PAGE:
"We should always be grateful to the British," my father would say frequently, "at least they didn't put us in the gas chambers." He was the grandson of Lithuanian Jewish immigrants. His grandfather left at the beginning of the century, when most Jewish families sent their sons out of tsarist Russia to escape a punishingly long conscription meant to kill or convert. I grew up believing Britain to be a haven for emigrant Jews.
This image of hospitable Britain has been eroded over the past 20 years as public records started to be opened, and newer refugees requested entry. But, until now, there has been no detailed study of Whitehall policies towards the Jews threatened by Hitler. Louise London's admirable book makes for disturbing reading.
In the Thirties, Britain had no refugee laws. There were no laws on immigration until the l905 Alien Bill, which limited entry to refugees like my great-grandparents. Indeed, Louise London's research makes it clear that interwar governments deliberately avoided making any policies, leaving the problem of Hitler's Jewish victims to private organisations. The government gave the appearance of helping the Jews while doing nothing at all.
The fear was that allowing entry to Hitler's Jews would encourage anti-Semitism in Britain. Whitehall's opinion was that the Jews caused anti-Semitism! From l933, some Jews were allowed admission, but this was meant to have zero cost for the government, and to fulfil British employment needs.
So Jews with no contacts here, the majority, had no access. Would-be immigrants needed guarantees from Jewish agencies, on the understanding that settlement was temporary. Permission to remain was "only for persons of unquestioned repute, for example Professor Einstein" (who chose the United States).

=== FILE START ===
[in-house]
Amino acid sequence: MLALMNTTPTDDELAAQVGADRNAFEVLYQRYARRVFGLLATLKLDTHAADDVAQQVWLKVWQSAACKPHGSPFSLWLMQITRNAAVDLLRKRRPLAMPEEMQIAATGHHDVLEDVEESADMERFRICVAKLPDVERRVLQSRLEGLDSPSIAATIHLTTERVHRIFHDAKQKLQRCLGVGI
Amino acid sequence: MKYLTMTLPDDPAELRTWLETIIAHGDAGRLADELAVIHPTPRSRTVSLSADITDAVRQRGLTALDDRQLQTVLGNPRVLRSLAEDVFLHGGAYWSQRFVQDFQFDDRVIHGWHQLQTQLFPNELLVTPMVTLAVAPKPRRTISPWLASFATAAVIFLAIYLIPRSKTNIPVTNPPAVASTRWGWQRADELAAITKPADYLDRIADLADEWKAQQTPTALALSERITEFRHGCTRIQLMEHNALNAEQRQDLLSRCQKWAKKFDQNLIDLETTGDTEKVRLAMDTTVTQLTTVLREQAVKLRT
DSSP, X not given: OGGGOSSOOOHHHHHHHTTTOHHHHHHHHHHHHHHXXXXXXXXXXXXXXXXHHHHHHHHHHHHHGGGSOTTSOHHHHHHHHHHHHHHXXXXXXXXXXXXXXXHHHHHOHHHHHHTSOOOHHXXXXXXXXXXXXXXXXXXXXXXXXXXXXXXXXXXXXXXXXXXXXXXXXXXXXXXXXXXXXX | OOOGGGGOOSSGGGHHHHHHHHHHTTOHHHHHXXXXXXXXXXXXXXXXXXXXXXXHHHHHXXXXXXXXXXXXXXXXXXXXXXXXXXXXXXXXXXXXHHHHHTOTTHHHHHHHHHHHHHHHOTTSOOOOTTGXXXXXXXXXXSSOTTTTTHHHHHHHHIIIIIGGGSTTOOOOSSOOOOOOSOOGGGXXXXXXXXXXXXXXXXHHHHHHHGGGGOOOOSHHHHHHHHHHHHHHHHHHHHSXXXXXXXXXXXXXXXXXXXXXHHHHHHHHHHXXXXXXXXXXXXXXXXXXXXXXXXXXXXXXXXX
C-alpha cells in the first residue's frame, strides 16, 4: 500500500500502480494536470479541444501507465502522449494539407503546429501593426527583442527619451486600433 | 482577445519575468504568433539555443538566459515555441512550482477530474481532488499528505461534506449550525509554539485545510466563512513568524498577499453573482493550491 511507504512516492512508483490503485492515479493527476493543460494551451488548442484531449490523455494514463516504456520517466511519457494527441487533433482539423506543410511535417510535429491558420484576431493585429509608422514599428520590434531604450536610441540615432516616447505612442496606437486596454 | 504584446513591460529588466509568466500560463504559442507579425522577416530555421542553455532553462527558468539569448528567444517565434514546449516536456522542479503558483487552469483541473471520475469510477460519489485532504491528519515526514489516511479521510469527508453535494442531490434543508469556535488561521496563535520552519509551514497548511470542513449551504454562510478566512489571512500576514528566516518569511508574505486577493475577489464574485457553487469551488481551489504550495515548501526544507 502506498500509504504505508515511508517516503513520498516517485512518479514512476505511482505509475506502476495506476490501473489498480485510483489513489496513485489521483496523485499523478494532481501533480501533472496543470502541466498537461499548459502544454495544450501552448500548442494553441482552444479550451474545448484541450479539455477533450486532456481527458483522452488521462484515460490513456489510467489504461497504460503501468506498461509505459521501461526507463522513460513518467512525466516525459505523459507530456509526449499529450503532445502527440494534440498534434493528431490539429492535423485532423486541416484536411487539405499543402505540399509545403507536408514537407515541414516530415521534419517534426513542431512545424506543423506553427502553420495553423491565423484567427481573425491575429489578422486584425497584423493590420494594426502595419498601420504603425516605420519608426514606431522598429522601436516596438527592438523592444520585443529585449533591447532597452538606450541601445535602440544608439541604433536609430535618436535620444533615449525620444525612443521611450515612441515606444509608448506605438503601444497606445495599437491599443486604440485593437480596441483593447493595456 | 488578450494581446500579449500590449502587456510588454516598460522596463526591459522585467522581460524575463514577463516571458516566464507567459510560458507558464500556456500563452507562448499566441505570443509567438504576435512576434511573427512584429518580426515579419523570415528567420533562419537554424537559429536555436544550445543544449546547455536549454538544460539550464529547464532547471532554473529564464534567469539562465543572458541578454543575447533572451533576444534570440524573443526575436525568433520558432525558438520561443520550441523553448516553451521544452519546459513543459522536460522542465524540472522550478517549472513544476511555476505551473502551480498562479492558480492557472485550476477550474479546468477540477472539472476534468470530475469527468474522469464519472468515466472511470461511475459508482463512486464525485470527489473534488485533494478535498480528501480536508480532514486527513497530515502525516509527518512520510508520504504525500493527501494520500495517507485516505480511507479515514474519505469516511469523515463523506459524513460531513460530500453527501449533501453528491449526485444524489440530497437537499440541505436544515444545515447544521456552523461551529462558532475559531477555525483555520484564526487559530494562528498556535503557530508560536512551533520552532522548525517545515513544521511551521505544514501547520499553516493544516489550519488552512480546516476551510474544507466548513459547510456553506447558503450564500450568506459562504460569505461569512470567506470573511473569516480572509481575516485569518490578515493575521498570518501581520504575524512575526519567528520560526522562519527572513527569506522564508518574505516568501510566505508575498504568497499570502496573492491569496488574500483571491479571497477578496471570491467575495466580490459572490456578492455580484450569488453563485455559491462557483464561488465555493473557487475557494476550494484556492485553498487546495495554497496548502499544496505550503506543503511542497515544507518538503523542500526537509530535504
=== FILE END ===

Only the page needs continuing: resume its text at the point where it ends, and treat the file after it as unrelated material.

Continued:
There was talk of sending the Jews to British colonies, but Whitehall deemed Jews unfit for rural life. Yet had Britain accepted Jews into the dominions, thousands would have escaped the gas chambers. The system was riven with contradictions. Neville Chamberlain epitomised the spirit of Whitehall when in l939, in a letter to his sister, he wrote: "No doubt Jews arent (sic) a lovable people; I don't care about them myself; but that is not sufficient to explain the pogrom."
The government was keen to employ Jewish women as maids and nannies in wealthy families, but was cold to pleas from professionals and academics. Self-interest, rather than humanitarianism, ruled.
What is shocking isÃ¿Ã¿ÂÃ¿Ã¿ÂÃ¿Ã¿ÂÃ¿Ã¿ÂÂÂÃ¿Ã¿ÂÂÃ¿Ã¿ÂÂÃ¿Ã¿ÂÂÃ¿Ã¿ÂÂÃ¿Ã¿ÂÂÃ¿Ã¿ÂÂÃ¿Ã¿ÂÂÃ¿Ã¿aanÃ¿aanÃ¿aanÃ¿aanÃ¿ll ill ill ill iaa naa naa naa nnnasnnasnnasnnascci cci cci cci iiVliiVliiVliiVl s s s s hhp'hhp'hhp'hhp'eePmeePmeePmeePmGG GG GG GG aaeAaaeAaaeAaaeA rv rv rv rvoopeoopeoopeoopeJJ JJ JJ JJ ..nd..nd..nd..ndfffofffofffofffoThe Foreign Office was besieged by letters. EM Forster and Harold Nicolson wrote to The Times. During a Lords debate in March l943, the Archbishop of Canterbury pleaded for the Jews, but Lord Cranborne, for the government, rebuked him for wishing to limit rescue proposals to one group. Although the British public reacted sympathetically, government remained intransigent.
Even after the war - after British soldiers had seen Belsen - policy did not change. Workers were welcomed as long as they were not Jews. Britain was in urgent need of labour and encouraged thousands from eastern Europe and the Baltic states, without looking too closely into their wartime history. We now see the fruits of this policy as elderly SS men are revealed to be living in suburban comfort.
Louise London has accumulated a wealth of material which helps understand Britain's apathy. It reveals the gulf between what was perceived to be British policy and the reality behind it. We are used to the image of Kindertransport children arriving in England, but there are no photographs of their parents - who were denied entry by Whitehall, only to be murdered by the Nazis.Reuse content